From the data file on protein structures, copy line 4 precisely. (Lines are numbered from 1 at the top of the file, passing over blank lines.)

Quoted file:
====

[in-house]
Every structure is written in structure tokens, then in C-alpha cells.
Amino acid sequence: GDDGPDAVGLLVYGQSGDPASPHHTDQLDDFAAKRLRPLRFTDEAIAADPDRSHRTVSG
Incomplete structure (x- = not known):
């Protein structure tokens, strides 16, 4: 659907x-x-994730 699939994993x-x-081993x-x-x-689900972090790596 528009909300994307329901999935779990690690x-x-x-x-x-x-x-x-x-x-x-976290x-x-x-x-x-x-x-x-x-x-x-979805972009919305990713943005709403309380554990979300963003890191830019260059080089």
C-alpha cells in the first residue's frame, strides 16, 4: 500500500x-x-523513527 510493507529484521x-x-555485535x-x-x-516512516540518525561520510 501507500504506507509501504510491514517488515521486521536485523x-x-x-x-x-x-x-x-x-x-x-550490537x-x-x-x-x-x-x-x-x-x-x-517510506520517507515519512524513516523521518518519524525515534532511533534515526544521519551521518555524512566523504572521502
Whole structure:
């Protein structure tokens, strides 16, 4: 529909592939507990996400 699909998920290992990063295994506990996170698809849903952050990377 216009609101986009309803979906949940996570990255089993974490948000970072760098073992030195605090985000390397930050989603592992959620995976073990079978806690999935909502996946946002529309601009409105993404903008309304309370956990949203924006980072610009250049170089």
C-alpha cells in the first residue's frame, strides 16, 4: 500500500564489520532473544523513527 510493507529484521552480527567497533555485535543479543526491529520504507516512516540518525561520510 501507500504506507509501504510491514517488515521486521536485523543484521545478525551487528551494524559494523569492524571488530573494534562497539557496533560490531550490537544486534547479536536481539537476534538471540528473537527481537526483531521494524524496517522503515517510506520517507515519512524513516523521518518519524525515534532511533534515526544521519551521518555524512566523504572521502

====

Incomplete structure (x- = not known):